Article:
Tennessee Hospitals Face Medicare Cuts As High As $7.4 Billion

NASHVILLE, TN, January 29, 2013--Hospitals in Tennessee stand to lose as much as $7.4 billion in Medicare reimbursement over the next 10 years and, absent a way to balance those reductions, many hospitals will have to cut services and expenses, Tennessee Hospital Association (THA) President Craig Becker said today.

In addition to $5.6 billion already in place as a result of the Patient Protection and Affordable Care Act of 2010 (ACA), Budget Control Act of 2011 (BCA), Middle Class Tax Relief and Job Creation Act of 2012 (JCA), and American Taxpayer Relief Act of 2012 (ATRA), another $1.9 billion in cuts currently are being discussed or considered at the federal level, Becker said.

“Even though we have some of the best and most efficient hospitals in the country right here in Tennessee, there is no doubt these federal cuts to Medicare, without some means to mitigate them, will reduce access to care for Tennesseans,” he said. “Ultimately, the ripple effect will be felt by every Tennessean, especially those in the smaller communities across the state.”

Under the terms of the ACA, funds are available at the federal level to expand healthcare coverage to patients who are uninsured and underinsured. Taking advantage of those dollars would help hospitals reduce the amount of unreimbursed care they currently provide. Last year in Tennessee, hospitals provided $1 billion in bad debt and charity care and already had $600 million in unreimbursed Medicare cost.

For the first three years of the Medicaid expansion, the federal government would pay the full cost of the expanded coverage. After that, the state would be required to provide matching dollars, but at a much lower rate than it currently provides for caring for Medicaid or TennCare enrollees.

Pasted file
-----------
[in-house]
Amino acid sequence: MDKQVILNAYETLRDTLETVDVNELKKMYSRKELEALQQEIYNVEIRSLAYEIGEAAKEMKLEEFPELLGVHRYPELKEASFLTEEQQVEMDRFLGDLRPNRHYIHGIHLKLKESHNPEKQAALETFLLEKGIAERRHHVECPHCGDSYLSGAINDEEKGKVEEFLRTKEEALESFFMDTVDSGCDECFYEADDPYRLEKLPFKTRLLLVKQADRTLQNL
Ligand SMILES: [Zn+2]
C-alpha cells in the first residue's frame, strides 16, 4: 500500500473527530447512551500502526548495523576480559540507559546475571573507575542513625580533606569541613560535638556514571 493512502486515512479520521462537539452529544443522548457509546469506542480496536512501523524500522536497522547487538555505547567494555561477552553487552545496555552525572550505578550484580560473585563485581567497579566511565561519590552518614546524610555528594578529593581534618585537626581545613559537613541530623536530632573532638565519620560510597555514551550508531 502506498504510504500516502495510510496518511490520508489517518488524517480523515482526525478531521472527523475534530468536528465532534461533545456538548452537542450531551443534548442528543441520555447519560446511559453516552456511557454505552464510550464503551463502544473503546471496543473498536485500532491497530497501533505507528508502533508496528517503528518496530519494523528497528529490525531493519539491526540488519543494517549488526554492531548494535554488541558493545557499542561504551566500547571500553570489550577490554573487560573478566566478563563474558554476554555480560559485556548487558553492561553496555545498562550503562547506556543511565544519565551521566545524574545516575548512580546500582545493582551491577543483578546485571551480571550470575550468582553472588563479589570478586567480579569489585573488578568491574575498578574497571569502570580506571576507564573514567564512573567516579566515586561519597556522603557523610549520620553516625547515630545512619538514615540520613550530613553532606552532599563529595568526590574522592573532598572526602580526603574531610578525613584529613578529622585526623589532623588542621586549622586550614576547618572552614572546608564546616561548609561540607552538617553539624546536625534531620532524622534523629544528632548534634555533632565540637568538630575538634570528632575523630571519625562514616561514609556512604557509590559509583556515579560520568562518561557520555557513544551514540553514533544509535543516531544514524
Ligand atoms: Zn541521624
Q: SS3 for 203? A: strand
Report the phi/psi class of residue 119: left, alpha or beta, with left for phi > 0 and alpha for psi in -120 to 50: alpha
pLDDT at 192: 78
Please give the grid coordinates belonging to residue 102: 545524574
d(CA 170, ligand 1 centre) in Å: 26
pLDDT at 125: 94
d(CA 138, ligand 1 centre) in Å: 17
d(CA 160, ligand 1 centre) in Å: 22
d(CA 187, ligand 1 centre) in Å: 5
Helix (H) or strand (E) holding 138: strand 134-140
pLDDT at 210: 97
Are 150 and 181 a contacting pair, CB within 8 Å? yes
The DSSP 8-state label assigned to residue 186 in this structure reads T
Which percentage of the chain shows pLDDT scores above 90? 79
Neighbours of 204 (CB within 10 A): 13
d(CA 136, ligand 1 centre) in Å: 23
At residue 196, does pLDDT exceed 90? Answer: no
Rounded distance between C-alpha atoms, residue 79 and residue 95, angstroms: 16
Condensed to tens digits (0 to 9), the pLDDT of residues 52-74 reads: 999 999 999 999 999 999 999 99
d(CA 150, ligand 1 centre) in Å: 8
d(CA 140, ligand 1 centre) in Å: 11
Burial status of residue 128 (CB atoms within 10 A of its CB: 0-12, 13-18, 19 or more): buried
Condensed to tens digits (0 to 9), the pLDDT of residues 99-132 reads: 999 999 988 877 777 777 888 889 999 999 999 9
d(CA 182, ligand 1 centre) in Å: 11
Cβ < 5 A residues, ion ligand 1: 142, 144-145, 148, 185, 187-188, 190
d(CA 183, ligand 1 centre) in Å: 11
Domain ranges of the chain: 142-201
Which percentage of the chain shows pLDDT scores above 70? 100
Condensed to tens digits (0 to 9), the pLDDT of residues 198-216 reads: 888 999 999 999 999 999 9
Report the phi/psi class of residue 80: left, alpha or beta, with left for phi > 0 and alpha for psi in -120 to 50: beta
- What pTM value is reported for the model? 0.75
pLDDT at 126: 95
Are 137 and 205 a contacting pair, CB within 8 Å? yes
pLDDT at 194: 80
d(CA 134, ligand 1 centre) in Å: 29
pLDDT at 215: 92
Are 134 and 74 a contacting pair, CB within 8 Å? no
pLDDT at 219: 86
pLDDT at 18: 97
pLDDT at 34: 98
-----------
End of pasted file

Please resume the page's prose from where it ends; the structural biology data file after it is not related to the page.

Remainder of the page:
Becker said the stakes are so high that Tennessee cannot afford to eliminate any option without a better way to deal with the extensive reductions. 

“These actions at the federal level will cripple hospitals and communities in Tennessee unless there is some way to offset them.The burden of that impact would fall to all hard-working Tennesseans, employers, hospitals and the local communities they serve,” Becker concluded. “So while walking away from federal funding might be appealing to some, absent a better option, expanding coverage is the only responsible thing to do.” 

Tennessee Hospital Association (THA): THA is the premiere organization in Tennessee that promotes and represents the interests of all hospitals, health systems and health careers. Established in 1938 as a not-for-profit membership association, THA serves as an advocate for hospitals, health systems and other healthcare organizations and the patients they serve. It also provides education and information for its members, and informs the public about hospitals and healthcare issues at the state and national levels. Additional information is available at www.tha.com.

Link: Cuts Summary By County


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